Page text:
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REVIEW: 643ears LOAK

I would like to extend my sincere thanks to Musashi Saita, founder, owner and, as far as I know, sole proprietor of 634ears. His passion for the project is something rare to see in the hobby nowadays, although from what I hear, there’s a vibrant, active DIY audio community in Japan that’s little known in the west. In any case, this review would not have been possible without Musashi’s generosity of spirit, and dedication to his craft.


634EARS (pronounced “rokusan-yon-ears”) in Japanese, is the brainchild of Musashi Saita, a Japanese DIY earphone enthusiast. 634 is the numeric reading of Musashi’s name, so 634EARS is literally ‘Musashi’s ears’. The brand was, until recently, virtually unknown outside of Japan, and even now seems to flying under the radar compared to some of the crowd favourites. 

I first heard about the company through an obscure Head-Fi post about Musashi’s newly-released entry-level single dynamic driver IEM, 9iNE. One thing lead to another, and soon enough I had a two 9iNE versions on hand, along with three versions of the current flagship model, LOAK. 

That’s right, versions. These are not your typical IEMs; each IEM family is based on a similar foundation – in LOAK’s case, an upgraded 10mm dynamic driver encased in a metal cylinder shell – but the IEMs themselves are essentially modular. Some use different metals for the back and front sections, typically stainless steel and/or titanium, and each are made with a different backplate, either an exotic wood variety, a metal compound, or an open grille. 

As such, while the components are similar, the sound and tuning differ between models, sometimes to the point where they’re entirely different-sounding IEMs. This is very much the case with the LOAK models in this review. Moreover, since every IEM is made and tuned by hand, buyers can also select different tuning profiles, with more or less emphasis on bass, midrange or treble. 

This level of modularity is unusual in the hobby, and if nothing else makes 634ears a very interesting and unique project. There are other things that sets it apart too, like real value pricing, attention to detail, and build quality, and I’ll cover all of these on the following pages. But first, let’s discuss the usual tangibles, and we’ll get to the various differences between the models in the sound analysis.   

Packaging and accessories

It’s difficult to say how the retail versions of the 643ears LOAKs are shipped, though anecdotally I’ve seen them arrive in well-made, branded carboard boxes with smaller hard-shelled carry cases that fit both earpieces and their included accessories. 

In my case I received a selection of samples in nondescript bubble wrap packets, but what stood out was a neatly handwritten note from Musashi thanking me for taking the time to test and review his craftwork. I believe he includes personal notes with each of his shipments, and that’s exactly the type of person I believe he is, something that I truly value in this often-impersonal hobby.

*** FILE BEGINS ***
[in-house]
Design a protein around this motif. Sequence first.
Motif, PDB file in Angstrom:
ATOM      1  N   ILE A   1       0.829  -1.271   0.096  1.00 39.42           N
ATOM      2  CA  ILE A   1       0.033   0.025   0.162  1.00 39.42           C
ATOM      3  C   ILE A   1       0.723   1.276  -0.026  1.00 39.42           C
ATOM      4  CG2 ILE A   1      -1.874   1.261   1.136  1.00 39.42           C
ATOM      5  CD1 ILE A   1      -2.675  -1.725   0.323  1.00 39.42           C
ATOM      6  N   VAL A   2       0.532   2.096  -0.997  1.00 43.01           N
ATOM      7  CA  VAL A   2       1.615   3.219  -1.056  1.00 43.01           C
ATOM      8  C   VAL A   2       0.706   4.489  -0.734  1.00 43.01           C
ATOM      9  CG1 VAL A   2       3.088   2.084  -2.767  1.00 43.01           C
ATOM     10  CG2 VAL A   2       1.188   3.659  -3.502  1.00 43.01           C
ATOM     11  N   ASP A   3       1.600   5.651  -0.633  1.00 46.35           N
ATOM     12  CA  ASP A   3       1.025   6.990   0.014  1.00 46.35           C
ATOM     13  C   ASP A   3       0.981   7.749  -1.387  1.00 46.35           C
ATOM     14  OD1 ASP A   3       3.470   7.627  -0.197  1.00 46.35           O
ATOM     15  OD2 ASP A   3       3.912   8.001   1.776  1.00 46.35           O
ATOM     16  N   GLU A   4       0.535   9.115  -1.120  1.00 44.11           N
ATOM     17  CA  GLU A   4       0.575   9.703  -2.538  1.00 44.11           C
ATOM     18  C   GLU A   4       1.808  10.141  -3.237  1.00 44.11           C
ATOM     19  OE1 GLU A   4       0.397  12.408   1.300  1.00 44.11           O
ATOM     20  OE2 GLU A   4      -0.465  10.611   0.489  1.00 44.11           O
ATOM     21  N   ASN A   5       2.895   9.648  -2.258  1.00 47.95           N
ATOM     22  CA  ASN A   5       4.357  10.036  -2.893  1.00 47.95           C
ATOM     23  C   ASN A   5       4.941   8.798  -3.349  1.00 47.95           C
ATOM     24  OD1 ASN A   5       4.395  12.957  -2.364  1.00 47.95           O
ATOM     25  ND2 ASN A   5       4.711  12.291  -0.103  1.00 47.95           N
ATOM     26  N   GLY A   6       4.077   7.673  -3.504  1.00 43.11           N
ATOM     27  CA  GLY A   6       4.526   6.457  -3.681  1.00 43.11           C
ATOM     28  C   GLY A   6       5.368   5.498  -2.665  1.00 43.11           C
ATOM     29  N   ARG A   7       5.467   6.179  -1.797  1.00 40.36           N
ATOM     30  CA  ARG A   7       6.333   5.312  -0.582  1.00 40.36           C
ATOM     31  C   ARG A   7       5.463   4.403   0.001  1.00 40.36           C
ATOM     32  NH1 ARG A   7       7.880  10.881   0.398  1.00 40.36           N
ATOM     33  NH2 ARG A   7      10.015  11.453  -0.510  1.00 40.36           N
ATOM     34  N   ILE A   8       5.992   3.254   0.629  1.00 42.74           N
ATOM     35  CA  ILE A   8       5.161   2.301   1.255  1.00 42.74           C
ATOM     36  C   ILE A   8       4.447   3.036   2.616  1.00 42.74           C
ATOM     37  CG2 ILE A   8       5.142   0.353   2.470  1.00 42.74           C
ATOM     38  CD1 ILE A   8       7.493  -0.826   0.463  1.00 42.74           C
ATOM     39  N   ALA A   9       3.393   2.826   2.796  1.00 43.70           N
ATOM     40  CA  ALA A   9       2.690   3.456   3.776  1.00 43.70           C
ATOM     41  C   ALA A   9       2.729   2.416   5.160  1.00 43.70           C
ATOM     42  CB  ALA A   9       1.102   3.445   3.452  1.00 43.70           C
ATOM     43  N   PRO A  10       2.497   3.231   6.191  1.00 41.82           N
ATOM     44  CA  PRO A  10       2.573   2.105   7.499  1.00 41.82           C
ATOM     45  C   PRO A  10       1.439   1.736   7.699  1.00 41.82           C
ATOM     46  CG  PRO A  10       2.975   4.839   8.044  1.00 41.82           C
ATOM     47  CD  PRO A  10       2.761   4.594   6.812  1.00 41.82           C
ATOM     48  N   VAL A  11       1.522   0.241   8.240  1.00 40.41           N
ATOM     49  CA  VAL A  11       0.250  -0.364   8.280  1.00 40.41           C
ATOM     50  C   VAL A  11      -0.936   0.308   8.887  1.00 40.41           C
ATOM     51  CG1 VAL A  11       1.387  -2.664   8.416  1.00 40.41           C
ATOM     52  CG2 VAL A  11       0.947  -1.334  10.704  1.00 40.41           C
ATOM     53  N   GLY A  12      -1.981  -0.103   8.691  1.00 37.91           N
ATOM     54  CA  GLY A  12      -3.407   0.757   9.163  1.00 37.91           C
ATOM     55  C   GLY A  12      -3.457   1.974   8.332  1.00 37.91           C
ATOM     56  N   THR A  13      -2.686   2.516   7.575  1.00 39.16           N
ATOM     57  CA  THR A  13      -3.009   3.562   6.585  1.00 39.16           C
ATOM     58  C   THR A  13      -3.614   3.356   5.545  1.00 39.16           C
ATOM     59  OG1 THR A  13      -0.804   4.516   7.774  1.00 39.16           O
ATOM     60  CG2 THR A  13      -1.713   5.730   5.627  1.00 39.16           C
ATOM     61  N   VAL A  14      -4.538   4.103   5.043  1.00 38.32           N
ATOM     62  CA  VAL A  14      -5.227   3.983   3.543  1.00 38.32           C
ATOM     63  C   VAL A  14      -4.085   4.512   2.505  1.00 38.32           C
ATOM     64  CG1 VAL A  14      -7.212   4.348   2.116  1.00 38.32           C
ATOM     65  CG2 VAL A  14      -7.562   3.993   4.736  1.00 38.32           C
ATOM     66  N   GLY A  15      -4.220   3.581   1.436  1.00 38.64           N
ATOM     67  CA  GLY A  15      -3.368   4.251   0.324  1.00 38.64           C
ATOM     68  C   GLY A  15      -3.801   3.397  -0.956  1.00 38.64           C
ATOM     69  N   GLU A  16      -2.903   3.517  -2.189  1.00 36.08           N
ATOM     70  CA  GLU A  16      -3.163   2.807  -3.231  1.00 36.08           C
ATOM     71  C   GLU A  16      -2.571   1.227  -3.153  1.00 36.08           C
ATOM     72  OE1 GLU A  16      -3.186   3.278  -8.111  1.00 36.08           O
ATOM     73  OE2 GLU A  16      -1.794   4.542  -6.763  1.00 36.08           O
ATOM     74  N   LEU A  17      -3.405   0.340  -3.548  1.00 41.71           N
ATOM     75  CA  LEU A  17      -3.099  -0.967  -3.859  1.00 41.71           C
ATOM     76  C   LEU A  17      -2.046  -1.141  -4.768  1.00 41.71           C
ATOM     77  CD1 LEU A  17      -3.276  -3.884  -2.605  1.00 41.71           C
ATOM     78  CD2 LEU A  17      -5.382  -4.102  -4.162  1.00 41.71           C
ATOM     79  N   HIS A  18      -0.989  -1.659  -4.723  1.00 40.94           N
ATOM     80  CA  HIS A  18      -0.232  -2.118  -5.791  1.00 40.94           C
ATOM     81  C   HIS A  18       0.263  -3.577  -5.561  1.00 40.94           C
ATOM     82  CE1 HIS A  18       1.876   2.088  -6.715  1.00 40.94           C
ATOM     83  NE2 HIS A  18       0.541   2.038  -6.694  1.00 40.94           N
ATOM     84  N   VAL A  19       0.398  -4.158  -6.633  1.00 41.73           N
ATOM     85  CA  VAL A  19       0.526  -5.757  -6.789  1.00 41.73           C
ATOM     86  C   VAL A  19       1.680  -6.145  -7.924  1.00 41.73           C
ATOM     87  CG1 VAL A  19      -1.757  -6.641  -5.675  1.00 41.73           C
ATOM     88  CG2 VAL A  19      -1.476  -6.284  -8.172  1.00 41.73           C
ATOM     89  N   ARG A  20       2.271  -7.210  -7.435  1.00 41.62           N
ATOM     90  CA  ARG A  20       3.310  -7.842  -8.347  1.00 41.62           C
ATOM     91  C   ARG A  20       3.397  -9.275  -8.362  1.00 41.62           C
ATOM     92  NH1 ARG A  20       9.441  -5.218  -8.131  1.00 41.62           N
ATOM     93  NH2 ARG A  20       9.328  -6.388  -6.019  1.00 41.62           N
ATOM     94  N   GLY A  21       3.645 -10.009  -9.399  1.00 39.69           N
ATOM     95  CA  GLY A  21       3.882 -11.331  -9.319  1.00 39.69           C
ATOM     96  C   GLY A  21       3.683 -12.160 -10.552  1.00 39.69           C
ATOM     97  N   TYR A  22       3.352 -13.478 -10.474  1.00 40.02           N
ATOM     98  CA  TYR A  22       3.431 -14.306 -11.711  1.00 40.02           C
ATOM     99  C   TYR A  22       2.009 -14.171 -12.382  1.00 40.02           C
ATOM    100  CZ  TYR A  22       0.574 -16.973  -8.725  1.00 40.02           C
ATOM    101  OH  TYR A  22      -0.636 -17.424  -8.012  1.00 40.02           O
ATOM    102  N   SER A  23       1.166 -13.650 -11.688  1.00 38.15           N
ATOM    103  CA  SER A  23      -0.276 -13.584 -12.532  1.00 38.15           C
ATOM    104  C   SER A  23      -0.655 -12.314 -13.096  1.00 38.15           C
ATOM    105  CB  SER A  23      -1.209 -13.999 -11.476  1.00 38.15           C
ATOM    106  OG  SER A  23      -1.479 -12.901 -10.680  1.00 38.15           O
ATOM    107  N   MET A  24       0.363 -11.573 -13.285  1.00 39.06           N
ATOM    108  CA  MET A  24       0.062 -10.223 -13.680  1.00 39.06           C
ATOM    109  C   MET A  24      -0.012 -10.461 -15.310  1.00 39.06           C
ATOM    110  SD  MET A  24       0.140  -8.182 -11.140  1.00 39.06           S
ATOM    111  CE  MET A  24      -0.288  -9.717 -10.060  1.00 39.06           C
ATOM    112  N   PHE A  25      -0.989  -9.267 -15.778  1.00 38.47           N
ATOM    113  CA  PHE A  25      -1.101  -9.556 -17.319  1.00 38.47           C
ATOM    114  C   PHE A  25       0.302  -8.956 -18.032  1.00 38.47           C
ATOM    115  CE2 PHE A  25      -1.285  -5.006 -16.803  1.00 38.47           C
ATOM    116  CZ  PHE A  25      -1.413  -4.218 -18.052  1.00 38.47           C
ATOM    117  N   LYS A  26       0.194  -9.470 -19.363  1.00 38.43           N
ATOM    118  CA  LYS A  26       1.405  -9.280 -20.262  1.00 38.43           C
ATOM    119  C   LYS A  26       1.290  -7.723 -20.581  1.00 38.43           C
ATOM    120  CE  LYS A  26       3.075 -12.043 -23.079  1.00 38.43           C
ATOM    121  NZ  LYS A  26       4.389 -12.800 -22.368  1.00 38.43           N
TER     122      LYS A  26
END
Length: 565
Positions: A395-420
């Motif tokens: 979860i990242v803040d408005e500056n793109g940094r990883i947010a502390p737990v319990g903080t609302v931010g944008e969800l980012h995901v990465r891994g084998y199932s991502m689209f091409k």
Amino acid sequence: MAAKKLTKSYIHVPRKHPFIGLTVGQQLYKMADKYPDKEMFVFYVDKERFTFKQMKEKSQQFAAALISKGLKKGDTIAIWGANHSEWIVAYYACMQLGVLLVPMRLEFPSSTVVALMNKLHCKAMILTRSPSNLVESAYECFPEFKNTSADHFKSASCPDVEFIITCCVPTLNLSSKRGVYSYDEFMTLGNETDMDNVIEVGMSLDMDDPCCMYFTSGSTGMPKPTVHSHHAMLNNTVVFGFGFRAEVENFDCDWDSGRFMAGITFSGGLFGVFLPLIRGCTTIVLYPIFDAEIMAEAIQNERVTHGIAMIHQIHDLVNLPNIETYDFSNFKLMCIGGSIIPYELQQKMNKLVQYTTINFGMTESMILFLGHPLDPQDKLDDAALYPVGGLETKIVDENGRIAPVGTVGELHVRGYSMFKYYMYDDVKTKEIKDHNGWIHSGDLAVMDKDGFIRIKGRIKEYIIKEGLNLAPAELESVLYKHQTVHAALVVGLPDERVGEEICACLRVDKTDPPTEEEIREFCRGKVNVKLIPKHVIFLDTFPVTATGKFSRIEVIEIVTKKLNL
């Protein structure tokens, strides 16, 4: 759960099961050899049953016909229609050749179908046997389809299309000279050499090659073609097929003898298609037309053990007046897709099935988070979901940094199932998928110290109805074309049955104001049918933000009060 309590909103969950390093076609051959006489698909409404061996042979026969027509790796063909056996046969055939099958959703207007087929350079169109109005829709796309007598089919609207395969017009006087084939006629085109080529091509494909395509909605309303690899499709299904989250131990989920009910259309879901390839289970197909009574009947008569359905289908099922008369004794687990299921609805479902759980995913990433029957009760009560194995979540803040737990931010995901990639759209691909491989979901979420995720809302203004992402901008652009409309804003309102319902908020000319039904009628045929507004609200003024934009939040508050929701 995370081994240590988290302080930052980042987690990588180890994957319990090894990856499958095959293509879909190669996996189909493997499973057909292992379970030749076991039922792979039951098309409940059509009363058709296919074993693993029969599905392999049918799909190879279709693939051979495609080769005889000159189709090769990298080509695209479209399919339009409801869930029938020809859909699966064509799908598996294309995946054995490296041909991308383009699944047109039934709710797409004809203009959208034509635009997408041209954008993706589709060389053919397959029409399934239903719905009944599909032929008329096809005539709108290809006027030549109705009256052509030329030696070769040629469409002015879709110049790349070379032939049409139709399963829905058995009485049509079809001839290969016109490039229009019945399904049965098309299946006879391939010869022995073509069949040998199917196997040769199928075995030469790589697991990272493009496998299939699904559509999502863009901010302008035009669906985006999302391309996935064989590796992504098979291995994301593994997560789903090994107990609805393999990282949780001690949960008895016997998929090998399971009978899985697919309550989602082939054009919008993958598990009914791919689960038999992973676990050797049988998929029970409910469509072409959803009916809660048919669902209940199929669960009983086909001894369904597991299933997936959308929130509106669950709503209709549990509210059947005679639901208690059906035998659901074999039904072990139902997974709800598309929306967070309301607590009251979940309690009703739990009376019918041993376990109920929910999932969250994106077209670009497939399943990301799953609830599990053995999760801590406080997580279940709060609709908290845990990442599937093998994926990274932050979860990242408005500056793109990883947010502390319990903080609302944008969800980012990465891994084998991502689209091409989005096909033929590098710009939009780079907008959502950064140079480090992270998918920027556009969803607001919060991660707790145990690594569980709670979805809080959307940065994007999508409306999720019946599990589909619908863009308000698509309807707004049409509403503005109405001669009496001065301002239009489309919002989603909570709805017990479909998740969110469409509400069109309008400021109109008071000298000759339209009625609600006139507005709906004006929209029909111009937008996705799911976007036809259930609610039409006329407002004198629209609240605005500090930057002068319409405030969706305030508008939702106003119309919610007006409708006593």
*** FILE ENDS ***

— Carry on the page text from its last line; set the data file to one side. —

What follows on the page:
The accessories are spartan; there’s no flash here, only high-quality minimalism. Each set comes with two sets of tips, both silicone, one soft black, the other clear with black cores and slightly more rigid. A cleaning tool is also included. 

The stock cable seems very well made, non-braided with no zero microphonics and a smooth sheathing material, but is sadly 3.5mm by default. I asked for a 4.4mm cable and was supplied with an excellent looking and sounding 8-braid black cable, which is available as an upgrade option on request. 

Unfortunately, neither stock or upgraded balanced cable have pre-moulded ear guides, mainly because LOAK can be worn both downward and over-ear. Since over-ear is my preference, I found both cables a little unwieldly, so would recommend a switch to a cable with ear guides if you intend to wear your LOAKs over ear. 

Continue to design and fit…



Picture of Guy Lerner

Guy Lerner

An avid photographer and writer 'in real life', Guy's passion for music and technology created the perfect storm for his love of portable audio. When he's not playing with the latest and greatest head-fi gear, he prefers to spend time away from the hobby with his two (almost) grown kids and wife in the breathtaking city of Cape Town, and traveling around his native South Africa.


One Response

  1. Brilliant review, Guy. A very beautiful and detailed insight to the LOAK family of 634EARS, and frankly it has made me wonder should I go for an Open model next, as I refrained from getting one in fear of having the bass losing its physicality and outside noise interference.

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